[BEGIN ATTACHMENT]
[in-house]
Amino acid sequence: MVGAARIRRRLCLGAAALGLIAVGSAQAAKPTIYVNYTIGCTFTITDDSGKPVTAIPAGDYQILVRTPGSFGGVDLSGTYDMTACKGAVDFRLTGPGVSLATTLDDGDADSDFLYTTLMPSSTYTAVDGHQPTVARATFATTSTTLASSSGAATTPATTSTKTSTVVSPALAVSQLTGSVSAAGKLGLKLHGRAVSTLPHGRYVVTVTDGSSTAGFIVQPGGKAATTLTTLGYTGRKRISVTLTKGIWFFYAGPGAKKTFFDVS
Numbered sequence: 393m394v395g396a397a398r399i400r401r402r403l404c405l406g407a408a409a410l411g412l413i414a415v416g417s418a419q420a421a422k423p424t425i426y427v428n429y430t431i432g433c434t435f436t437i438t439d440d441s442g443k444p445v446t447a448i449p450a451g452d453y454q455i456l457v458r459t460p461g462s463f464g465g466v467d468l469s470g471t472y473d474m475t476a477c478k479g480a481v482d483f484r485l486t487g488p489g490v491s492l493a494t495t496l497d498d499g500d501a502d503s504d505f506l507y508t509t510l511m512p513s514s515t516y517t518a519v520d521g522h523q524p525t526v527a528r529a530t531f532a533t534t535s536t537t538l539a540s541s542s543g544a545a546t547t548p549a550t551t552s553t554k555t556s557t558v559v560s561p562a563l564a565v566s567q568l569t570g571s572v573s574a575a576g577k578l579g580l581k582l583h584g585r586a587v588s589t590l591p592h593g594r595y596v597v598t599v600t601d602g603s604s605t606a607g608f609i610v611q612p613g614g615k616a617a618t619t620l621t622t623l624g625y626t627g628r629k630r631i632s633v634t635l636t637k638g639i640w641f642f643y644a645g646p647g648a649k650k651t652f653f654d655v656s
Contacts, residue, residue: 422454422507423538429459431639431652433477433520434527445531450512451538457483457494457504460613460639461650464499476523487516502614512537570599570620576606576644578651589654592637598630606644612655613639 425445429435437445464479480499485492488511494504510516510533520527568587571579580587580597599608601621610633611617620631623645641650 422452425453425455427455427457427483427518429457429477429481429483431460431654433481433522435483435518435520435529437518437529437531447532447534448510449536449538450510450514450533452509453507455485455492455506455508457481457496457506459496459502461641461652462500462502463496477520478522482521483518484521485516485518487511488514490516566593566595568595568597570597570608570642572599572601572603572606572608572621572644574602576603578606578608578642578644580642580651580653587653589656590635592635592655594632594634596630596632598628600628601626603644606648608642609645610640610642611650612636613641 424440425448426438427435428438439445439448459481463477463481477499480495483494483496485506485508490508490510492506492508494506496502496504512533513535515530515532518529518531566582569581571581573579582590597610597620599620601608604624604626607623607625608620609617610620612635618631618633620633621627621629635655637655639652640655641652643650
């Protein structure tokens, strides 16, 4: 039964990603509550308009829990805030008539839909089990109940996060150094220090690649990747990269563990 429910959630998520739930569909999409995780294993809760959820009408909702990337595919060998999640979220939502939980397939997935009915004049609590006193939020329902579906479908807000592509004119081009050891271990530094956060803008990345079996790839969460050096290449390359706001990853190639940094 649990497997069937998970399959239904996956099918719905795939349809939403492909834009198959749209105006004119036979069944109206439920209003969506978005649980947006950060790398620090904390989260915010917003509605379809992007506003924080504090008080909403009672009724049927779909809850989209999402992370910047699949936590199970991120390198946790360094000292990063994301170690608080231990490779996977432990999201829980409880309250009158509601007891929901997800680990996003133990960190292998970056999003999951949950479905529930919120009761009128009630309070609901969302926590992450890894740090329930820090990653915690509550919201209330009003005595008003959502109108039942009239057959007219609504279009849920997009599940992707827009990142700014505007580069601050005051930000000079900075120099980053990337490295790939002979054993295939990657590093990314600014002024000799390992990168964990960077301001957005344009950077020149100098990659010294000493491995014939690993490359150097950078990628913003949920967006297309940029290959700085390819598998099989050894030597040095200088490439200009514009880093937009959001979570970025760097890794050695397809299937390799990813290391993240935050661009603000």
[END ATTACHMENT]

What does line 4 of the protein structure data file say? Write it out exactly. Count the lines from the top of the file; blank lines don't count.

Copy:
Contacts, residue, residue: 422454422507423538429459431639431652433477433520434527445531450512451538457483457494457504460613460639461650464499476523487516502614512537570599570620576606576644578651589654592637598630606644612655613639 425445429435437445464479480499485492488511494504510516510533520527568587571579580587580597599608601621610633611617620631623645641650 422452425453425455427455427457427483427518429457429477429481429483431460431654433481433522435483435518435520435529437518437529437531447532447534448510449536449538450510450514450533452509453507455485455492455506455508457481457496457506459496459502461641461652462500462502463496477520478522482521483518484521485516485518487511488514490516566593566595568595568597570597570608570642572599572601572603572606572608572621572644574602576603578606578608578642578644580642580651580653587653589656590635592635592655594632594634596630596632598628600628601626603644606648608642609645610640610642611650612636613641 424440425448426438427435428438439445439448459481463477463481477499480495483494483496485506485508490508490510492506492508494506496502496504512533513535515530515532518529518531566582569581571581573579582590597610597620599620601608604624604626607623607625608620609617610620612635618631618633620633621627621629635655637655639652640655641652643650